One example is that Disney Parks has been introducing video games that can be played on guests’ phones while waiting in line. The games are thematically tied to the rides.
Here’s how it works: Guests download the Play Disney Parks mobile app. Let’s say they’re riding the Star Wars: Galaxy’s Edge attraction at Disneyland or at Disney’s Hollywood Studios in Lake Buena Vista, Florida. Those guests will be able to play a themed game called “Star Wars: Datapad.”
Disney Parks executives also focus on using technology behind the scenes to improve operations.
“We have something we call a guest service suite, which is a set of software technologies that help a cast member perform their role and support anything they need to do to help to help the guests,” Daniels said.
“People in the industry talk about ‘service recovery’ [meaning the process for responding to a dissatisfied customer],'” Daniels said. “But we’re reaching for something different, which is ‘service discovery.’ We want to find out about a problem before it becomes a problem.”
At some of the resorts in Disney Parks, staff no longer stay behind front desks to use computers but instead use tablet devices on the go. The company claims to have put a lot of thought into the user interface for these tablets to make it easier for staff to interact with guests, asking personal and conversational questions.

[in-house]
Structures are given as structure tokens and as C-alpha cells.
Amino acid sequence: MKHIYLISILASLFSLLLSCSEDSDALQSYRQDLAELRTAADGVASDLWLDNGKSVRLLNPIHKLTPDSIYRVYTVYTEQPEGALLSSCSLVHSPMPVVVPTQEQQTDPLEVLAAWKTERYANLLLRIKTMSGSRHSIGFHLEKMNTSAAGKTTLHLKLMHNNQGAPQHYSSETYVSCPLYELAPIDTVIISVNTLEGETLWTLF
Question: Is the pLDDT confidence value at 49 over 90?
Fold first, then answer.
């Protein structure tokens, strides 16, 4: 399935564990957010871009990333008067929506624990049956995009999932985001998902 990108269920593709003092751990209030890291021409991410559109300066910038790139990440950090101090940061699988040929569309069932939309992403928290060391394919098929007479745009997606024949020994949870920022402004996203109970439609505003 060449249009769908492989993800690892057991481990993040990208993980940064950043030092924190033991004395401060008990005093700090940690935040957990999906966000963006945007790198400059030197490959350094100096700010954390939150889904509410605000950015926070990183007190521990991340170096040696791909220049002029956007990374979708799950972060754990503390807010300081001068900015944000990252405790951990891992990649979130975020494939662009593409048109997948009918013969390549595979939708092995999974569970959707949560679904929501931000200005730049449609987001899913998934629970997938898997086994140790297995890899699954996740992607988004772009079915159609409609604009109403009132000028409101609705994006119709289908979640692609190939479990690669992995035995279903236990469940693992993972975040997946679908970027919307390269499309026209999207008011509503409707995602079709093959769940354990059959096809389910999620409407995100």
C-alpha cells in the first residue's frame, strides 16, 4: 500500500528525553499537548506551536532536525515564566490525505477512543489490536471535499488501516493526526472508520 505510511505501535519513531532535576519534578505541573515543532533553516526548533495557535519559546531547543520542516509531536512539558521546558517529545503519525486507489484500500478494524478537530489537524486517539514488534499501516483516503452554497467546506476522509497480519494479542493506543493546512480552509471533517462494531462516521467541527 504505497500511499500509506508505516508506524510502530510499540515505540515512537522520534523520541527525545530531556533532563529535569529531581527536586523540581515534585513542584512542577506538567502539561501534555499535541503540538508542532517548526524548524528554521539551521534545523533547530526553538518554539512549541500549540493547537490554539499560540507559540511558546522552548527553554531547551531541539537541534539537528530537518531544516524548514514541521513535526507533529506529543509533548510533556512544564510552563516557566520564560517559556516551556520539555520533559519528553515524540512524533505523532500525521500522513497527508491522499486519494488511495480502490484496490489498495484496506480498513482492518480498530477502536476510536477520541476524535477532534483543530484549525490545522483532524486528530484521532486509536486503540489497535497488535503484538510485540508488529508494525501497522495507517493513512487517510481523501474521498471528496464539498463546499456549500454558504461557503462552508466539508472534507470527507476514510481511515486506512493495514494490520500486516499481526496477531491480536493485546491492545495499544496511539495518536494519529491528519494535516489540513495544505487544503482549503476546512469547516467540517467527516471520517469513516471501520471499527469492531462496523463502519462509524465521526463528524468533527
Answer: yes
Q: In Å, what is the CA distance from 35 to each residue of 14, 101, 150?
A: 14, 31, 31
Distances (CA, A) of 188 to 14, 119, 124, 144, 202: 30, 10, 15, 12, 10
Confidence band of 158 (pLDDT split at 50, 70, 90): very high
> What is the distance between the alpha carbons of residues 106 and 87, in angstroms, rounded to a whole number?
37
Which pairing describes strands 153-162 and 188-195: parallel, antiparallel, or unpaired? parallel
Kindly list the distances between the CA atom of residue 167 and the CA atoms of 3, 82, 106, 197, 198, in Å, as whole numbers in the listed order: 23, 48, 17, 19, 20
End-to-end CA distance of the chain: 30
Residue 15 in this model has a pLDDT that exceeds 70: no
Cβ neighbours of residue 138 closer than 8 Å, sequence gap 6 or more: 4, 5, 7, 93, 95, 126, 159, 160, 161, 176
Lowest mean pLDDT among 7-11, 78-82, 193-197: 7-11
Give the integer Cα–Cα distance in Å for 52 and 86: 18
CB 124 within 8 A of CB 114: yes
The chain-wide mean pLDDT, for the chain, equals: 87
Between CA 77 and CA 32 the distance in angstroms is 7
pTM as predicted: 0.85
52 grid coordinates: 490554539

“Cast members are the secret to our success,” Daniels said. “So we want to help them shift their focus from guest transactions to guest interactions.”
CONNECTING WITH GUESTS BEYOND THE PARK
The tech innovations at Disney Parks are inspirational to many executives at other travel companies, including airlines and hotels that don’t run theme parks. Disney’s sophisticated approach to tracking customer behavior from end-to-end — such as with its Magic Band wristbands that guests use for digital payments and other interactions — paints a fuller picture of traveler behavior and interests than many other companies see.
For example, Disney Parks increasingly want to connect with guests before they arrive.
“I’ve seen research that, for a lot of people, some of the best parts emotionally of the vacation are the looking forward to it,” Daniels said.
So the company introduced Disney Magic Moments as a way to let guests savor their anticipation by discovering Disney recipes or seeing behind the scenes looks at its animals or its so-called Imagineers.
Disney sees digital encounters like these as layering on top of the core park experience.
“Arthur C. Clarke has a point which you probably heard before that ‘Any sufficiently advanced technology is indistinguishable from magic,'” Daniels said. “A lot of what we’re about at Disney is magic, and so we always look at tools like Snapchat’s AR [augmented reality] as being in the service of magical experiences and storytelling. Minnie hugging you in a digital photo can be magical.”
Copyright 2021 Skift. All rights reserved. From https://skift.com. By Sean O'Neill, Skift.